No matter what kind of boat you sail or what the conditions are like, there are some basic things you need to do well in order to get consistently good starts. First, you have to decide where you want to start on the line. Second, you must have some reliable way of knowing where the line is. Beyond this, you need a bunch of good boat-on-boat tactics to help you carve out your spot on the line and stay in control of your start. Here are some moves you should consider:


How to Take Your Competitor Head-to-Wind
www.ehow.com
With good positioning, taking your competitor head-to-wind can be an effective pre-start strategy.

Racing Practice - Starting Drills (taken from a note on the rec.boats.racing)
Practice drills for sharpening skills, individual and team drills.

Friday, October 21, 2005

Life on the Proper Course

I want to thank Tillerman and Proper Course for the positive feedback about the Skips Blog. In a recent post, Tillerman mentions one of my current additions "Thinking Inside the Box" and refers to the originality of the method. The method is not mine to take credit for, it was acquired during in-class instructions. Which brings me around to the Proper Course.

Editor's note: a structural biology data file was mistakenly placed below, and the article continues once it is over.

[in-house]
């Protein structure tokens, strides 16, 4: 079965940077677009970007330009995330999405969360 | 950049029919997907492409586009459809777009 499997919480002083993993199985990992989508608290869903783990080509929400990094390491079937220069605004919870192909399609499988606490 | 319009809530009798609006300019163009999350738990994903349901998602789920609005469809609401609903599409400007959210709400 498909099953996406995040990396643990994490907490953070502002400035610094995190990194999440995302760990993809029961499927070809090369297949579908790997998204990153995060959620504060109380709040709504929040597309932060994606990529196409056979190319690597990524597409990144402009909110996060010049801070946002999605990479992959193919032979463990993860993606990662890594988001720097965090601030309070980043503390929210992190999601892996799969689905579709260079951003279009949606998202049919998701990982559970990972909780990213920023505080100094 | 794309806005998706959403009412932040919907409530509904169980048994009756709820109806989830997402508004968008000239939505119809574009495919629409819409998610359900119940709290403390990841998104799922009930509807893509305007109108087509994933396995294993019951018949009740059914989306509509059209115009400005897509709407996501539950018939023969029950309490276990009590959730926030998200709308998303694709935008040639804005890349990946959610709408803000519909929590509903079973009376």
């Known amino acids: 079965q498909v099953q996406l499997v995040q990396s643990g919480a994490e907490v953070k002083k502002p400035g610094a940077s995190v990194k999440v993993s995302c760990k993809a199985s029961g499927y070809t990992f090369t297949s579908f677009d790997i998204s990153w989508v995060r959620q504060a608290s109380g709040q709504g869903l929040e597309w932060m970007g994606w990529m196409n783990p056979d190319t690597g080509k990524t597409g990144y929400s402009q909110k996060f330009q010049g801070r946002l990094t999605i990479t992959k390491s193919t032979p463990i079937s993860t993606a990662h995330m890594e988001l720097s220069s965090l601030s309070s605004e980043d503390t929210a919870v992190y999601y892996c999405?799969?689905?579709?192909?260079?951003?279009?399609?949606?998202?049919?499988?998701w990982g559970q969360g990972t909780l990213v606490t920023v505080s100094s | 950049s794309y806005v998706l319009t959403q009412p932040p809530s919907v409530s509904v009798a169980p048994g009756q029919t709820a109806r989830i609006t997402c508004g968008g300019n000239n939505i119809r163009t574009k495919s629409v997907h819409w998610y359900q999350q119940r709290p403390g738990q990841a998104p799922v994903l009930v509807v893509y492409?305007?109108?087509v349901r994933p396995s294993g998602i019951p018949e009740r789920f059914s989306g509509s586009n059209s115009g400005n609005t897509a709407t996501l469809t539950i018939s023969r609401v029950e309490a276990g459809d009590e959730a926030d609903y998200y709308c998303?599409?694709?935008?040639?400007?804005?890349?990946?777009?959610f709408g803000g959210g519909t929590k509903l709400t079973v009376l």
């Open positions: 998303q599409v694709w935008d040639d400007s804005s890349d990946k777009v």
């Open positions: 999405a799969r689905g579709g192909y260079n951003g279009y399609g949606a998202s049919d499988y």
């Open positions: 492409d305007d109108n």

My many thanks go out to Tillerman for taking up the rewarding task of instilling knowledge and helping develop and mould the raw passion for the sport of sailing in the generations of kids that he has taught (including his own). There is no better way to make use of knowledge then to share it, and no one better to share it with then children. Tillerman has been sailing and racing for much longer than I have and is a veteran at the sport. He is a Laser and Sunfish sailor and racer and has a passion for sailing and a craving for knowledge about sailing similar to mine.

I have two children (3 and 6), who I hope, will develop the overwhelming bug for sailing that I have. I have much to learn from Tillerman and the Proper Course, among the lessons...how not to turn your kids off of sailing or get in the way of sailing instruction (some great anecdotes by the way).

The blog Proper Course has been on my blog list of sailing blogs from the start. My hope is that like him, I will be able to contribute to the success of someone, somewhere; even if it is just in some small way, it will be worth it. Nothing makes a better sailor and better racing then better competition.

Tillerman writing style is earnest and casual. Posts are anecdotal and interlaced with personal insights, opinions and stories which cover many topics but always display his passion for sailing. One day I too hope to "Live Slow and Sail Fast"!

Please visit the Proper Course blog. This well written blog is definitely time well spent. He has had a short hiatus, but seems to be back up and writing now. Welcome back and looking forward to your posts.

Thursday, October 20, 2005

Frostbite Series Results Are In

Just checked the board at the club and the results are in for the Frostbite series. We managed a 6th place overall for the series!